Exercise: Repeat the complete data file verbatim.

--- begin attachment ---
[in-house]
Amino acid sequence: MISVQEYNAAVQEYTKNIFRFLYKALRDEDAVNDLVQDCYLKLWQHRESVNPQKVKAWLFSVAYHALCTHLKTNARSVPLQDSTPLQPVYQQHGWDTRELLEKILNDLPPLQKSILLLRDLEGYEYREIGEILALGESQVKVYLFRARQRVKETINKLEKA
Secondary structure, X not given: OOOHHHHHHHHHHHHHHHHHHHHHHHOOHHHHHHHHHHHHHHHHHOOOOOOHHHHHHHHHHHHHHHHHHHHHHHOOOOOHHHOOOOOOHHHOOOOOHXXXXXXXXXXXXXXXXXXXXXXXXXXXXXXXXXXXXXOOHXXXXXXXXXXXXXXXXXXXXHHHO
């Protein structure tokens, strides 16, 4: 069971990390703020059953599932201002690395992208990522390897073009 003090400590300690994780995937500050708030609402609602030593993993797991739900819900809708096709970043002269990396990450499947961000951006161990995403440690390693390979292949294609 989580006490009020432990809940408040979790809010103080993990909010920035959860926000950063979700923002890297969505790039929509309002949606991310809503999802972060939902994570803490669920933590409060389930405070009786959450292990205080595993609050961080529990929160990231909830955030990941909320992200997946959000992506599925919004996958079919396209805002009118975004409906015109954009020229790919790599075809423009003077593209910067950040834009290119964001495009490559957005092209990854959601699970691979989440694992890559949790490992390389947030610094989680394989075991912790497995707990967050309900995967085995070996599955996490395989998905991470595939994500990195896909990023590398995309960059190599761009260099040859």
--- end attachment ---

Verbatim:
[in-house]
Amino acid sequence: MISVQEYNAAVQEYTKNIFRFLYKALRDEDAVNDLVQDCYLKLWQHRESVNPQKVKAWLFSVAYHALCTHLKTNARSVPLQDSTPLQPVYQQHGWDTRELLEKILNDLPPLQKSILLLRDLEGYEYREIGEILALGESQVKVYLFRARQRVKETINKLEKA
Secondary structure, X not given: OOOHHHHHHHHHHHHHHHHHHHHHHHOOHHHHHHHHHHHHHHHHHOOOOOOHHHHHHHHHHHHHHHHHHHHHHHOOOOOHHHOOOOOOHHHOOOOOHXXXXXXXXXXXXXXXXXXXXXXXXXXXXXXXXXXXXXOOHXXXXXXXXXXXXXXXXXXXXHHHO
């Protein structure tokens, strides 16, 4: 069971990390703020059953599932201002690395992208990522390897073009 003090400590300690994780995937500050708030609402609602030593993993797991739900819900809708096709970043002269990396990450499947961000951006161990995403440690390693390979292949294609 989580006490009020432990809940408040979790809010103080993990909010920035959860926000950063979700923002890297969505790039929509309002949606991310809503999802972060939902994570803490669920933590409060389930405070009786959450292990205080595993609050961080529990929160990231909830955030990941909320992200997946959000992506599925919004996958079919396209805002009118975004409906015109954009020229790919790599075809423009003077593209910067950040834009290119964001495009490559957005092209990854959601699970691979989440694992890559949790490992390389947030610094989680394989075991912790497995707990967050309900995967085995070996599955996490395989998905991470595939994500990195896909990023590398995309960059190599761009260099040859």